Hashim Abdul-Khaliq: There are very small patient populations with rare cardiovascular diseases in congenital heart disease. This makes researching very costly. Many companies are reluctant to fund such studies. The importance of researching small hearts for patients with acquired cardiac defects is often underestimated. The problems of our patients are still all too easily overlooked alongside the widespread acquired heart diseases. This is even reflected in legislation. Without government-funded research and targeted research incentives for pharmaceutical and medical device companies, we are failing these patients. This is neither scientifically nor ethically justifiable. With the Competence Network, we have built a very valuable house for the future. We must continue to design and maintain this house. Anything else would be irresponsible.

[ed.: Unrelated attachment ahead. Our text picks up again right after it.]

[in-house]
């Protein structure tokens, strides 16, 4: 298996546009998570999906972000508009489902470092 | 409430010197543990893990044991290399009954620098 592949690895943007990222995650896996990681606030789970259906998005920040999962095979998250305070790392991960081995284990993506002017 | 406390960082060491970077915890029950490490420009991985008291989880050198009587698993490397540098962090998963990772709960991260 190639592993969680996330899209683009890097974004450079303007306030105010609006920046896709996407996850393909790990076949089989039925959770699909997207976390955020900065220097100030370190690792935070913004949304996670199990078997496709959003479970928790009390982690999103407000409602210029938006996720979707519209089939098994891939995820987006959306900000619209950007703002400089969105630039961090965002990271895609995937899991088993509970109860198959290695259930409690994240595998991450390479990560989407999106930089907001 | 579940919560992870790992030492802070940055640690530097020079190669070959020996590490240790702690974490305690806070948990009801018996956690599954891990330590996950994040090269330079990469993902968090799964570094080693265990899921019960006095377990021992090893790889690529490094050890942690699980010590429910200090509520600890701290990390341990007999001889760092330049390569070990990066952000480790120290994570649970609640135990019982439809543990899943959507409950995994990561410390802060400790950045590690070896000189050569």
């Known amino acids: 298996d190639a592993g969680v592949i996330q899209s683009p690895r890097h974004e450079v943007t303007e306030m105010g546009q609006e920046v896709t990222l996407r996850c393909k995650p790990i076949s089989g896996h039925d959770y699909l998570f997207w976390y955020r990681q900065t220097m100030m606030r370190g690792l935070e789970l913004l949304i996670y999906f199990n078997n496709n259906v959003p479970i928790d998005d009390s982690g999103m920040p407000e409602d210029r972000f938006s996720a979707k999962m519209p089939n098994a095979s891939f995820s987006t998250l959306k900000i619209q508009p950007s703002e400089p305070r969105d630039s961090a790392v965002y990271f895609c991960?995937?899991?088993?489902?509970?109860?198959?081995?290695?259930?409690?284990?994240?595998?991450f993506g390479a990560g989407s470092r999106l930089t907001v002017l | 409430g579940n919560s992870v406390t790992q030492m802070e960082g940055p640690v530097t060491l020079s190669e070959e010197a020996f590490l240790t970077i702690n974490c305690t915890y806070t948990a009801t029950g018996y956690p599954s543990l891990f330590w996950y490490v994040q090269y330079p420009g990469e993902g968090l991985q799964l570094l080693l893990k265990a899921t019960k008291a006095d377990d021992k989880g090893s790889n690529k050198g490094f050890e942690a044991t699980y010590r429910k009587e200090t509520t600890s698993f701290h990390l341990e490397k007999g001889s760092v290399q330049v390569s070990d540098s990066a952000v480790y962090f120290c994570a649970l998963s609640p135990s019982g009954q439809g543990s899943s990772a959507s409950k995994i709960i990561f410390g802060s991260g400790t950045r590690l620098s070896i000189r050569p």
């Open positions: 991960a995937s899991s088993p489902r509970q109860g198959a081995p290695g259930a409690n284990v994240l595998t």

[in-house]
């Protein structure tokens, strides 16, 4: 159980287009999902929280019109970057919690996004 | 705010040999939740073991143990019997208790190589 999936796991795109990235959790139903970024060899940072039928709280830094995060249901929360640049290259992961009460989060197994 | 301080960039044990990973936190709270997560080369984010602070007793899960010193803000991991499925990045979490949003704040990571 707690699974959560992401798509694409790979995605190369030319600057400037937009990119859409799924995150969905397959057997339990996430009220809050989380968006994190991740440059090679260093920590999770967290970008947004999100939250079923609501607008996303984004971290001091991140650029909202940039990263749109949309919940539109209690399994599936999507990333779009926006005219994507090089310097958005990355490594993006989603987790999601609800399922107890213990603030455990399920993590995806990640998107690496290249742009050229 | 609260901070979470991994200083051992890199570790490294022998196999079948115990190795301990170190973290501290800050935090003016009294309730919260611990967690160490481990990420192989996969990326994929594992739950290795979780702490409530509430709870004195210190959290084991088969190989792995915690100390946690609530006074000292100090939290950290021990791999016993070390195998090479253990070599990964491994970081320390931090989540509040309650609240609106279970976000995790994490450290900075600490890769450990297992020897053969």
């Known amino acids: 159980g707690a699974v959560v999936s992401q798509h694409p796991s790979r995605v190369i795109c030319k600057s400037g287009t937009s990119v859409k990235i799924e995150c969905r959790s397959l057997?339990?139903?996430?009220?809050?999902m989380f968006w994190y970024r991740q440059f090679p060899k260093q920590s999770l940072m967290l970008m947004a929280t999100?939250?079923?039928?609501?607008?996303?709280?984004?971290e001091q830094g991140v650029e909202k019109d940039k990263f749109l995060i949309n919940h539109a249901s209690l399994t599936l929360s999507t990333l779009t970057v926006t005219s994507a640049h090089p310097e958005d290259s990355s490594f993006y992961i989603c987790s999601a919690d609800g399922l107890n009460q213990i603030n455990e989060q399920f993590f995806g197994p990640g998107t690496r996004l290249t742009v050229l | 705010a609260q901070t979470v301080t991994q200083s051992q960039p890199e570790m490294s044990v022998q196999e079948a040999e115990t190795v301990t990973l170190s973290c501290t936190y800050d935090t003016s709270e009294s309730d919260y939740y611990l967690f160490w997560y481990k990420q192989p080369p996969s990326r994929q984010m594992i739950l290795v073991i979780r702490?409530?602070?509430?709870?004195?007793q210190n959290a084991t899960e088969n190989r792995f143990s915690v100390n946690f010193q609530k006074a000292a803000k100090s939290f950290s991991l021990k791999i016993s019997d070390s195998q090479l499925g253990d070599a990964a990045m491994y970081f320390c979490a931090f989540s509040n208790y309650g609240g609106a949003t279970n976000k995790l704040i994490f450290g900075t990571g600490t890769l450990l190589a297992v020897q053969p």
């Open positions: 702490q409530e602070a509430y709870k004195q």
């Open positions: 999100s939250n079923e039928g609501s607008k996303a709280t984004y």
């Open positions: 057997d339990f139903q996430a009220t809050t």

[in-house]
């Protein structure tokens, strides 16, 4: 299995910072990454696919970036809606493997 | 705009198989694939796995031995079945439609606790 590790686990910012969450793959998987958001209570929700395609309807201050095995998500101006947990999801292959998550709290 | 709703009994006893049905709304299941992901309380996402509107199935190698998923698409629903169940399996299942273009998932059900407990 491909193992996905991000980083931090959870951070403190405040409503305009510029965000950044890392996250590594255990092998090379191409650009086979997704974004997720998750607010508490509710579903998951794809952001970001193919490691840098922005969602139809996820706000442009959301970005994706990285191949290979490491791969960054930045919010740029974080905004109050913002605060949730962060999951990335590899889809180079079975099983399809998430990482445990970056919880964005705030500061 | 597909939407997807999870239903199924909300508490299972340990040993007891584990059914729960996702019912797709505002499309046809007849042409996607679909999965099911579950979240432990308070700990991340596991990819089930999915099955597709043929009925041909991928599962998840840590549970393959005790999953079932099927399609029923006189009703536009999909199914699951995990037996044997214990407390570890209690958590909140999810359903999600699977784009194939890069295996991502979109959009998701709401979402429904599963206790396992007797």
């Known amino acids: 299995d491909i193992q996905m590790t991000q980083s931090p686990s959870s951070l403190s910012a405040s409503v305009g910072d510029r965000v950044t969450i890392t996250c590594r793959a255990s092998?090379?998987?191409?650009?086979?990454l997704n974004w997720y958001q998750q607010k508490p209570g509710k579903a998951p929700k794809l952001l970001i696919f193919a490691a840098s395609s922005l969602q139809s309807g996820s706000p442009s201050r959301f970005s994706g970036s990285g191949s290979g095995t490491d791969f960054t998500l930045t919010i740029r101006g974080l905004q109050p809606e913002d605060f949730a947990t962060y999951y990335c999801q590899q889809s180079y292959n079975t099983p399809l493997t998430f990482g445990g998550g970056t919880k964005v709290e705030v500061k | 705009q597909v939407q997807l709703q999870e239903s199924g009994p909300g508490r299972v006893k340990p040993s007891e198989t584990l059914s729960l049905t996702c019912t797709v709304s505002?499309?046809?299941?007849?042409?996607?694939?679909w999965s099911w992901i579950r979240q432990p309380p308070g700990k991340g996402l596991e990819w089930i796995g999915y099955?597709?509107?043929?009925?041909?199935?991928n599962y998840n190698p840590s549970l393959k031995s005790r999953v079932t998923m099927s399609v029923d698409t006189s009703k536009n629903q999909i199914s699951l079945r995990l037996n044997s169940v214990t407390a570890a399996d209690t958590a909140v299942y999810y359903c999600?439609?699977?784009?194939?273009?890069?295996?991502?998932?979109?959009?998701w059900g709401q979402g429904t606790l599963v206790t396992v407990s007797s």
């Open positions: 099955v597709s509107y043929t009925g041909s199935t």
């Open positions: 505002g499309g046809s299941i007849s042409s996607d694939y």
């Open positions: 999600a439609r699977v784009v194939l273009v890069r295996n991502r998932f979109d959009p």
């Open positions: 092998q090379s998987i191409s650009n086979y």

Heart Explorer Magazine: Professor Abdul-Khaliq, thank you very much for this interview.